There are some sinners in the hands of an angry (just) God; but it is a comparatively small group of rebels whom God will judge for their personal rebellion and their refusal to love God and their fellow man. All others will be delivered by God from their hatred of God and man, for they will be redeemed by Christ. For those who object, "But the Bible says 'Narrow is the gate that leads to life and few there be that find it'," I respond: "The parables of the King tell us the Kingdom of God begins with 'few' but mushrooms into an innumerable company. The gospel starts as a seed and expands to a tree. Since God saves sinners, and the King establishes His Kingdom on earth, there will be no thwarting of the expansion of God's Kingdom for 'The gates of hell shall not prevail.'"
If it also be objected "But if God could save everyone, why does He not?" Answer: The judgment of the wicked in their sins is as much a glorious display of the attributes of God (holiness and justice) as the deliverance of the wicked from their sins is a glorious display of different attributes of God (grace and love). I'm not sure where we got the idea that God's judgment for sinners is something ugly, brutal, senseless, evil , and maybe even sadomasochistic (maybe Dante?), but the truth is God's judgment of sinners is just, righteous, holy, beautiful and ultimately good for the universe.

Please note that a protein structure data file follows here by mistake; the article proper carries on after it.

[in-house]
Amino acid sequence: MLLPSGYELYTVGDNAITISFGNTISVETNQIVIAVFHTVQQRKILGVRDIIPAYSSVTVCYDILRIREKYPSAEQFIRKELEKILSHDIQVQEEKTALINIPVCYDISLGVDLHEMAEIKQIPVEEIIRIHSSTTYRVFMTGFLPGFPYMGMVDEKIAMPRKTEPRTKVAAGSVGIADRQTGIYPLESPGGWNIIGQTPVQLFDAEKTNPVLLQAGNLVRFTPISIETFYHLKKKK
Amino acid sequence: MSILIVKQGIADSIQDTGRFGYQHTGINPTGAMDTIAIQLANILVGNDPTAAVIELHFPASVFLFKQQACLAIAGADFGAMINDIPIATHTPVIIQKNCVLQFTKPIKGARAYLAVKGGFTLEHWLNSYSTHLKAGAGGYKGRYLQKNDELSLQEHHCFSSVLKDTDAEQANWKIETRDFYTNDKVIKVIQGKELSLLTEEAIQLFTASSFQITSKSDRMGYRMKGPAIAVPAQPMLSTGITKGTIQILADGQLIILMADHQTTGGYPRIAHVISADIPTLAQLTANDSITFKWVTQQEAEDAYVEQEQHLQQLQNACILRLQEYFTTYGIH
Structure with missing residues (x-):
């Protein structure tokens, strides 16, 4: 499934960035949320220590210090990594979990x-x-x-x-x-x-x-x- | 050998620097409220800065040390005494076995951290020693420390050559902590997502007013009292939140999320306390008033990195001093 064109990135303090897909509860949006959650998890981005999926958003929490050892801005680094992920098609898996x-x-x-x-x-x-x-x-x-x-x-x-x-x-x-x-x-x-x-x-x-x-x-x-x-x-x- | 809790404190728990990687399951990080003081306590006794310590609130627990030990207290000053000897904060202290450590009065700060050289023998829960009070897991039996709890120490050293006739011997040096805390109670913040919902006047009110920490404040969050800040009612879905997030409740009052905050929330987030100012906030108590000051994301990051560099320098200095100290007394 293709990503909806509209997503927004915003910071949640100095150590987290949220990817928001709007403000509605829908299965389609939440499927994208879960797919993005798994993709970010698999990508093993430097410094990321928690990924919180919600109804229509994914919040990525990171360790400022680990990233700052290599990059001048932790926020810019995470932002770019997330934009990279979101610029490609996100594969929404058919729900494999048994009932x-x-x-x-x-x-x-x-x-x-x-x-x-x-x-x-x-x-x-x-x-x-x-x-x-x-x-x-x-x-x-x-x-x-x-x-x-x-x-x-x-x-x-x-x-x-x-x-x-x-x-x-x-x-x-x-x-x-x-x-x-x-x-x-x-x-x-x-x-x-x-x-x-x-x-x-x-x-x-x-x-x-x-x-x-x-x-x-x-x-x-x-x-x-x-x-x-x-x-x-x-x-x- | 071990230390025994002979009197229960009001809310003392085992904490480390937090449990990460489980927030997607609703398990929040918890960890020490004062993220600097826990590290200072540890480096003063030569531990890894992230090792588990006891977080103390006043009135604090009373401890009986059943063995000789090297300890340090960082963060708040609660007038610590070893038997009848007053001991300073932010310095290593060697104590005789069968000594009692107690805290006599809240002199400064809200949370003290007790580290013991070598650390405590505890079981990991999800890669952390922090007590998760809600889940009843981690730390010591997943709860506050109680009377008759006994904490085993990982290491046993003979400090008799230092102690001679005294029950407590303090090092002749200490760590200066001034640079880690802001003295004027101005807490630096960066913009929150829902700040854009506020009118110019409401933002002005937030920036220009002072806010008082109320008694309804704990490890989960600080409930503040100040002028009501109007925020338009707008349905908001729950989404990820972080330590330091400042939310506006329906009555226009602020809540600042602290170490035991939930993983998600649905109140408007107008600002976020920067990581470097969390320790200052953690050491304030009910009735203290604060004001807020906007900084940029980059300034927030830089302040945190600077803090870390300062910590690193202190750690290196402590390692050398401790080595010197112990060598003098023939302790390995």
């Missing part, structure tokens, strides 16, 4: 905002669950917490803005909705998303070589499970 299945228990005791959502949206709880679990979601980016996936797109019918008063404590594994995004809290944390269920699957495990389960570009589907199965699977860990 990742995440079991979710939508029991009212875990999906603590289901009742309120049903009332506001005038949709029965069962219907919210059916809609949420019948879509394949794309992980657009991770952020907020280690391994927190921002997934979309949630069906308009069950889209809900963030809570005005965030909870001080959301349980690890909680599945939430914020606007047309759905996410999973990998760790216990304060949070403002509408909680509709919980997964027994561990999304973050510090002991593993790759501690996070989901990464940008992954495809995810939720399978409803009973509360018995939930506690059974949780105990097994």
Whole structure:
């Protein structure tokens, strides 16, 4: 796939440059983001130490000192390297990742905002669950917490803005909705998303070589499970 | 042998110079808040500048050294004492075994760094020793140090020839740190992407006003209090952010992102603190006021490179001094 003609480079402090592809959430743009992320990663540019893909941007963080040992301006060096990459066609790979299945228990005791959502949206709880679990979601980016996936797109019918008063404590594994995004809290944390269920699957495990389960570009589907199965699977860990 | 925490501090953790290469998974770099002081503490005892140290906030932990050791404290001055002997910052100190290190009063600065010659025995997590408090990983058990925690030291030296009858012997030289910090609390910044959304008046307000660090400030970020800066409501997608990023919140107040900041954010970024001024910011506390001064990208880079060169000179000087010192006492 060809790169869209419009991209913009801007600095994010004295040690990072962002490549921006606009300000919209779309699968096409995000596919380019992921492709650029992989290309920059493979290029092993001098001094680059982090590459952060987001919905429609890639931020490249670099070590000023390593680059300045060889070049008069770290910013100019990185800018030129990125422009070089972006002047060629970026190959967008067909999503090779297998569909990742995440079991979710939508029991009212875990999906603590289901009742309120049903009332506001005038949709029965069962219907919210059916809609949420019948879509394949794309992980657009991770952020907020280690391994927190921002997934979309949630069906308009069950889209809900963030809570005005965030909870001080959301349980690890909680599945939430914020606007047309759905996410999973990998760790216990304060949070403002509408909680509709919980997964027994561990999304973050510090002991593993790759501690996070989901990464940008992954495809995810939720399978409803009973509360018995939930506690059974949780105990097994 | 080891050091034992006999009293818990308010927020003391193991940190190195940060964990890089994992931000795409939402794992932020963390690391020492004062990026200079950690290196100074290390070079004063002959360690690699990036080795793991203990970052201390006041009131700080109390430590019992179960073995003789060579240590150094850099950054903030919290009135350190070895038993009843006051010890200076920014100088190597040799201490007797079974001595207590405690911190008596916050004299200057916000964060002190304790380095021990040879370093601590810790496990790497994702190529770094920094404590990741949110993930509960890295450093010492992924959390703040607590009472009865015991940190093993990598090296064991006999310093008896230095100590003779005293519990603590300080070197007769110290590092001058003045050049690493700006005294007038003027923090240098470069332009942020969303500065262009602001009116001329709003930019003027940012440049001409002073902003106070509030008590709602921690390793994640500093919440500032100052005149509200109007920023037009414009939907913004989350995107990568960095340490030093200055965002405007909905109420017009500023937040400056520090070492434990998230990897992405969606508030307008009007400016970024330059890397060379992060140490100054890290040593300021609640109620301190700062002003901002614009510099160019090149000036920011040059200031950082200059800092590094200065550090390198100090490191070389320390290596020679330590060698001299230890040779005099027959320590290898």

If I were to preach a sermon like Edwards, I might title it "God in the Thoughts of Angry Sinners." It seems the only ones with an unholy anger are people. God's sovereignty in graciously redeeming sinners seems to cause emotional consternation because:
(1). Sinners seem to believe man's rebellion against their Creator is "no big deal."
(2). Sinners want to believe God owes it to rebels to redeem them from the consequences of their rebellion.
(3). Sinners tend to believe God is weak and 'altogether like unto themselves,' unable to accomplish what He intends
(4). Sinners believe God can't judge some rebels in their sins and save many rebels from their sin because "that would be unfair" and God is always "fair." What He does for one, He must do for all.
(5). Sinners want God to be like they want Him to be rather than the way He reveals Himself to be in Scripture.